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Saturday, January 14, 2006

Home Brewing

Tomorrow, I will embark on a new chapter in my life, brewing my own beer.

I got a kit from my parents for Christmas, complete with everything necessary to make my own beer, from the House of Homebrew. They gave me a kit to make an Irish Stout, my favorite style of beer. (Is there a bad kind of beer???)

Basically, what I have to do it boil everything together for an hour, then cool it down. Once at about 80 degrees, I have to put it in the "Ale Pails" that came with the kit, and let it ferment with the yeast for a week. Then, next Sunday, I will siphon the beer from the pails into bottles, and that will then sit and age/bottle-condition for 4 weeks before it is ready to consume. It will make 5 gallons of beer, or roughly 2 cases. The only thing I need yet are some sturdy bottles, since bottle caps and the bottle capper came with the kit.

If anyone out there has any advice or tips, they are most welcome. This is something that I've wanted to try for a long time, and I can't wait to see how the stout turns out!


Scott D. Feldstein said...

I have a friend who's pretty experienced in this. I even have a bottle of mead right now that he made. And if you need someone to test out your brew, give me a jingle!

Scott said...

Awesome. Who's up for a special Drinking Liberally at Ben's?

Kelly said...

I don't know how to make beer Ben but I am experienced at drinking it!!! I will be more then happy to help you drink it when the time comes!! :)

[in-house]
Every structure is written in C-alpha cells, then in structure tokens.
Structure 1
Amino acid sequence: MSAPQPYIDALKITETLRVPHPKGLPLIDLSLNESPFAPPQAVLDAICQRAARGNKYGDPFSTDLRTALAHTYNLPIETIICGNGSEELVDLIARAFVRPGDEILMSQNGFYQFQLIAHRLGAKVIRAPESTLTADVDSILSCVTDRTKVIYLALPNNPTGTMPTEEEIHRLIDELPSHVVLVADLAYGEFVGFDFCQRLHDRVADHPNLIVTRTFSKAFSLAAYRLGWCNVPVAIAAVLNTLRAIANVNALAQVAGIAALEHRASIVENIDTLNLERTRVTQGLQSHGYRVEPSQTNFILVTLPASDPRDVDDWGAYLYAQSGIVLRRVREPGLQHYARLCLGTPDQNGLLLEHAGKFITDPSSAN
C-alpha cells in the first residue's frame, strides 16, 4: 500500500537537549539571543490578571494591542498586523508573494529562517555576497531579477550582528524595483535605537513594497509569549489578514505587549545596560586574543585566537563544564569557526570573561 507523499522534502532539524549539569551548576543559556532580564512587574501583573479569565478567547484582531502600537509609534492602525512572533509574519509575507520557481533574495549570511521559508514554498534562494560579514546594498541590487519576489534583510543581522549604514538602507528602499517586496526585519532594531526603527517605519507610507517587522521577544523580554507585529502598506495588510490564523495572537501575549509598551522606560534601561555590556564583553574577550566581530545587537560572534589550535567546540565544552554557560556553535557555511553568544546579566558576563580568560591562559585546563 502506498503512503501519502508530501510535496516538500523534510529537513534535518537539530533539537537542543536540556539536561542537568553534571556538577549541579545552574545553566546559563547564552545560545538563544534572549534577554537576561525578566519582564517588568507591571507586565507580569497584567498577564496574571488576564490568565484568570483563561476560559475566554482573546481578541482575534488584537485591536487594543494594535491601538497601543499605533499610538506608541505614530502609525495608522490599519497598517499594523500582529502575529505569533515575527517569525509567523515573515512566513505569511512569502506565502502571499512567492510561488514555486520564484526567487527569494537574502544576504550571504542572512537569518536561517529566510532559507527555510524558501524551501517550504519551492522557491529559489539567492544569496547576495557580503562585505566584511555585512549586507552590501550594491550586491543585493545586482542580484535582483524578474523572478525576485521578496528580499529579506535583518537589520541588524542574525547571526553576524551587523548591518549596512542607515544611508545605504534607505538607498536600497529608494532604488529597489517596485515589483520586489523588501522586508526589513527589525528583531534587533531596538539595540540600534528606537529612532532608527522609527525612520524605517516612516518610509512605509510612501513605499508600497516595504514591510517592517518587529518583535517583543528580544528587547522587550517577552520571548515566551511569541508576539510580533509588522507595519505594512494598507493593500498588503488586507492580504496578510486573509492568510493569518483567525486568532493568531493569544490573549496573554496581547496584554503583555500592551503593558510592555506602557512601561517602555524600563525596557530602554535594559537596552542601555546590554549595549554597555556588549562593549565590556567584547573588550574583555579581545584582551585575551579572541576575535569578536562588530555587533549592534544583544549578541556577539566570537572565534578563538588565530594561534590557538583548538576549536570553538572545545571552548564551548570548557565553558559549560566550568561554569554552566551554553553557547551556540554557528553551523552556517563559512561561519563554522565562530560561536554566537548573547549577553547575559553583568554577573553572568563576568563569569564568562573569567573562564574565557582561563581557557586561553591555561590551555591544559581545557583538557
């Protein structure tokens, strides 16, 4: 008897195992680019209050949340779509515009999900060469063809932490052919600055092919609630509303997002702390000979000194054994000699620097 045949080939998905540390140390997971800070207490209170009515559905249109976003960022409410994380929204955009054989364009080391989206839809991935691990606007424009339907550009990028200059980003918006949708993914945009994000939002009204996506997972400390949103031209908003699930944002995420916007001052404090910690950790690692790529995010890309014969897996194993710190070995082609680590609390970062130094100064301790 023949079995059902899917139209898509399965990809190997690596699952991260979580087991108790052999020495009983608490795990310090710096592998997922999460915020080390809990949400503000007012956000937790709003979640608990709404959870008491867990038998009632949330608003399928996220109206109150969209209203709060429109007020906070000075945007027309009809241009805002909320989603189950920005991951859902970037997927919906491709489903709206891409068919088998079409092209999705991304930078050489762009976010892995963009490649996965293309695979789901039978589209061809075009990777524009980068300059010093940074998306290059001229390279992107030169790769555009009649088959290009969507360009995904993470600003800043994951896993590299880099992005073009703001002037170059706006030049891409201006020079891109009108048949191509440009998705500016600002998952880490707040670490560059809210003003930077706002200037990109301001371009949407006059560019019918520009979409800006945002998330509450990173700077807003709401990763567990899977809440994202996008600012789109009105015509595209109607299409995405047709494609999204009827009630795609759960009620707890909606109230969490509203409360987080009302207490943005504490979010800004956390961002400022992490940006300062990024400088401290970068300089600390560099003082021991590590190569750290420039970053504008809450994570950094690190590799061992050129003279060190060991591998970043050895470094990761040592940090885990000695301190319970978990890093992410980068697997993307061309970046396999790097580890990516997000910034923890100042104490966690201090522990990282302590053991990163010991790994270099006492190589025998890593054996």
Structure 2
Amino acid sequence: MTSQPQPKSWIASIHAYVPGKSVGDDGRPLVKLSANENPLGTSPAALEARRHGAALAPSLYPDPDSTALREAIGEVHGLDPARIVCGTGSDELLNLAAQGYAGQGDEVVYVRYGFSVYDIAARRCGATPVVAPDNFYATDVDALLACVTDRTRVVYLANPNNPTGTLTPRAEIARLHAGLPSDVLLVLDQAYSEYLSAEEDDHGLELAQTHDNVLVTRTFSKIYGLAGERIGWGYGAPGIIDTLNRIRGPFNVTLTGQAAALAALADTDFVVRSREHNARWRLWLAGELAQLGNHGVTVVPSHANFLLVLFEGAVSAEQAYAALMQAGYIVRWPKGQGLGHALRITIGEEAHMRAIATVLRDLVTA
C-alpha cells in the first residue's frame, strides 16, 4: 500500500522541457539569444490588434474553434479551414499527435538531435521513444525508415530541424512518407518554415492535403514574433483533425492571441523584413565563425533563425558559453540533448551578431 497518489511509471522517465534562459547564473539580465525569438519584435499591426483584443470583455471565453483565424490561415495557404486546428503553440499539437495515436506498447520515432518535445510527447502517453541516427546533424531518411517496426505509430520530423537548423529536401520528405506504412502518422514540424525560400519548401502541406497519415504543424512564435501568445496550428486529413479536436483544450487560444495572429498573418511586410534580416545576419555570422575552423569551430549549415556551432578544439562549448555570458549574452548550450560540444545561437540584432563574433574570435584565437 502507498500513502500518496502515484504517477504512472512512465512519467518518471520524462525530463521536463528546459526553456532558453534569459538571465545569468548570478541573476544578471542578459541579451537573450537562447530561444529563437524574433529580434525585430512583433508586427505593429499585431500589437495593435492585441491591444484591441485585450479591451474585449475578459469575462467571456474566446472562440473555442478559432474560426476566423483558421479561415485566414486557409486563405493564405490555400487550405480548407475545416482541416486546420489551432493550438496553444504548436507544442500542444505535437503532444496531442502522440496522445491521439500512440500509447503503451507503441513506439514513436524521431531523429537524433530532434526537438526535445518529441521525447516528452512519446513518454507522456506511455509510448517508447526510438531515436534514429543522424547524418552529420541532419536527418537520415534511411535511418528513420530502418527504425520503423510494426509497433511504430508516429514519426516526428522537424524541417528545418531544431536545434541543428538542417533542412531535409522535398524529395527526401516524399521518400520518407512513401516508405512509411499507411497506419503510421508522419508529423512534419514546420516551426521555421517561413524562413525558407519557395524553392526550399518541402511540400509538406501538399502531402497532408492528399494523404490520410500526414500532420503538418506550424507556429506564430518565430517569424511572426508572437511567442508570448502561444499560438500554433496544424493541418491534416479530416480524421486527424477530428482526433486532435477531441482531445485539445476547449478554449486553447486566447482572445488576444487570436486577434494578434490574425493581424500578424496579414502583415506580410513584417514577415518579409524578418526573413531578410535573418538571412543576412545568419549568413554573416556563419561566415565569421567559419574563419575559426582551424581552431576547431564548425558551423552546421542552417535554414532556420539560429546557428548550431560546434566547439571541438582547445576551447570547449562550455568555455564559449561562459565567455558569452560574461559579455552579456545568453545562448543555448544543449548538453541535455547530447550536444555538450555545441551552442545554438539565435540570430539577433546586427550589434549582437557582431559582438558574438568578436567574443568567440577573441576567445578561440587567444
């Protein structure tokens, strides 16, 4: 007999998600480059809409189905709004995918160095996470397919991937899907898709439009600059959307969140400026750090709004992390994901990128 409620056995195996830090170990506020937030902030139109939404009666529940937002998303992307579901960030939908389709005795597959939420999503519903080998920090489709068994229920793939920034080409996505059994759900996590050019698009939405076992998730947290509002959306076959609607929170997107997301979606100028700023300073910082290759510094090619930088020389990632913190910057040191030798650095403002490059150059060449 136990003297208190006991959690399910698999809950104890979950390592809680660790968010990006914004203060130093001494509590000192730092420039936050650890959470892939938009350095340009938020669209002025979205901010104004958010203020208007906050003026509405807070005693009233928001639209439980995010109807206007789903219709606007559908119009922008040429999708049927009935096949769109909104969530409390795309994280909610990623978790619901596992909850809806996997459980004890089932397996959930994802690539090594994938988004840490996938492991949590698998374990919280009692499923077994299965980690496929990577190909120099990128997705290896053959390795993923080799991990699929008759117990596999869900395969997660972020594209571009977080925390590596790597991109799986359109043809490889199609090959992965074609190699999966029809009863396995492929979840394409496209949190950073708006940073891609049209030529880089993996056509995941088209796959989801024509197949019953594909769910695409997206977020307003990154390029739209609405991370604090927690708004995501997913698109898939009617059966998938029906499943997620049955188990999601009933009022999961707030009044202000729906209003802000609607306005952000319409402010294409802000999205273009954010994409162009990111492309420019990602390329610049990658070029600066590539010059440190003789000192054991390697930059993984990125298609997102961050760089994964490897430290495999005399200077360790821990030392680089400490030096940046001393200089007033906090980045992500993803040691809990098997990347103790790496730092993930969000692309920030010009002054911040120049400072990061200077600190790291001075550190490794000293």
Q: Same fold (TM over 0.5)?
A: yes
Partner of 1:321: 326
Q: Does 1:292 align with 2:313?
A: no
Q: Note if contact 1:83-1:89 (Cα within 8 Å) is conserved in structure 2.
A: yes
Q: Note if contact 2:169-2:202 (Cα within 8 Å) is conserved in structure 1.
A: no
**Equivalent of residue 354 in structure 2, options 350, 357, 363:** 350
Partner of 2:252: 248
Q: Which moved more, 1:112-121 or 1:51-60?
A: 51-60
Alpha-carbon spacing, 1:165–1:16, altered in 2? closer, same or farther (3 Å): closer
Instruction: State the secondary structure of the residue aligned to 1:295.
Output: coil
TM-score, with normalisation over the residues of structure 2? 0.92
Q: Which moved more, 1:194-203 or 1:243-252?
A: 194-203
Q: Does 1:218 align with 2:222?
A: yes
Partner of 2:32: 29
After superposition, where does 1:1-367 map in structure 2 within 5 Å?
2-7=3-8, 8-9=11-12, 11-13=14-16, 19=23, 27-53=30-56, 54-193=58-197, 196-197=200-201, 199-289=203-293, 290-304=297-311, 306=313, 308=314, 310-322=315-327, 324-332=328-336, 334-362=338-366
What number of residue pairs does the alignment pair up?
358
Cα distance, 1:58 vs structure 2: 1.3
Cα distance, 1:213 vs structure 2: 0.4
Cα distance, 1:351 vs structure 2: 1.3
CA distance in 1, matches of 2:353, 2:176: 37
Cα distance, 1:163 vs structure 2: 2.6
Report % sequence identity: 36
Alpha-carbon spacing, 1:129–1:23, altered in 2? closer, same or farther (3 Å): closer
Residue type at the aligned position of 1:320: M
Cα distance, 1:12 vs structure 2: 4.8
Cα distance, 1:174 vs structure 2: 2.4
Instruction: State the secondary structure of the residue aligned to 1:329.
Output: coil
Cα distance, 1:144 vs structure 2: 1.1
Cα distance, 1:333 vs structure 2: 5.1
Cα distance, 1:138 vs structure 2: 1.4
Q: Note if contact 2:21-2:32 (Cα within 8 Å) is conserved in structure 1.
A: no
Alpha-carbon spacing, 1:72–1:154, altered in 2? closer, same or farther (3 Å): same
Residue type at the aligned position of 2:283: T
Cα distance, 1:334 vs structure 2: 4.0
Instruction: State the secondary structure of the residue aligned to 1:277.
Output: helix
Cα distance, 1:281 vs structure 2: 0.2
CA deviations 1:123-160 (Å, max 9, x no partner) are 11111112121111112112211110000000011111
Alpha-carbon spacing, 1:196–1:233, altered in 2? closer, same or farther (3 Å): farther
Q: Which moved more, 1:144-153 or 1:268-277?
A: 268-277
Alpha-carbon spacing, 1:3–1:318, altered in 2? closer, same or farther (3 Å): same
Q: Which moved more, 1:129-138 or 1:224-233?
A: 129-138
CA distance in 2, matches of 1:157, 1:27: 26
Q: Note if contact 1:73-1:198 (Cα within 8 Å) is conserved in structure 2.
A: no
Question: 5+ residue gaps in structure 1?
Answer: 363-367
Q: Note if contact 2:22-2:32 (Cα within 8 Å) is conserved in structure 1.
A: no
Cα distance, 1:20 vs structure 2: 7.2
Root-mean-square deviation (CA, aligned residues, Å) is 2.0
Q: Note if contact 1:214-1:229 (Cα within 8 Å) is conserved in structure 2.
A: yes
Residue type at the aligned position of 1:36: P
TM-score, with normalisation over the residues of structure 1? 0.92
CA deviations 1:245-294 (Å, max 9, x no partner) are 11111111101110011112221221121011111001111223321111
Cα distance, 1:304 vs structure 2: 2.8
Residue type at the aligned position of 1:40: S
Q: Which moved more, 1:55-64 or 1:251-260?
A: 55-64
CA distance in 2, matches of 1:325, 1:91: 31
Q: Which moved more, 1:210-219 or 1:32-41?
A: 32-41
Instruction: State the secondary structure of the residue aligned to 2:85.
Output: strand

Benny B said...

So far, we have three offers to drink, and none to help! Oh well, the more the merrier to come and drink! :)

WatchdogMilwaukee.com said...

As an experienced homebrewer and a former Sprecher tour guide I've heard a lot of terms for ingredients, but never "Ale Pails". What does this stuff look like?

The process is basically this -- boil your extract (clearly you're not doing whole grain). Save a cup of wort in the refrigerator in a tight container so no impurities can get at it. (Wort is the sweet boiled liquid.)

Add your hops at the end for more aroma, at the beginning to add bitterness. Different hops have different alpha acid (bitterness) units. If you like Sprecher Amber, you're smelling mostly Mt. Hood and Cascade hops (both American). Mt. Hood is basically an Americanized version of Hollertauer (sp?) of which I'm a great fan.

Pour your wort into the carboy and fill up to about the neck (with cold water) leaving about 4-5 inches from the liquid to the top so you minimize the amount of O2 that will affect the beer from this point on. The cold water trick is clearly a shortcut to reducing the size of a kettle you need and cooling the wort fast. If your water has impurities it won't work. Add your airlock now.

Wait for the temp to hit room temperature (a cool basement temp works well for ales) and pitch (add) your yeast. If you really want to do well, start your yeast out the day before with a bit of wort.

I tend to like to fill my carboys fairly high but I use the big blow off tube and bucket technique so even if you're dry hopping as I do, you probably won't have problems.

The yeast will start to work its magic -- outputting CO2 and alcohol. Clearly the CO2 is what the airlock is for...so the CO2 can get out but bacteria cannot get in (be sure to put some water in the airlock).

After about a week, or when the bubbles slow down, I rerack into another carboy to make sure that my beer isn't sitting on a layer of trub for a long time.

When the magical little bubbles cease to rise, add in that cup of wort you had in your refrigerator and you should see some activity within about a half hour if not within minutes. That's the point that I usually used to bottle before I moved to cornelius kegs.

Then stick it in the back of a dark cold closet and wait for a month. If you hear the bottles explode, you put too much wort in for priming.

Have fun.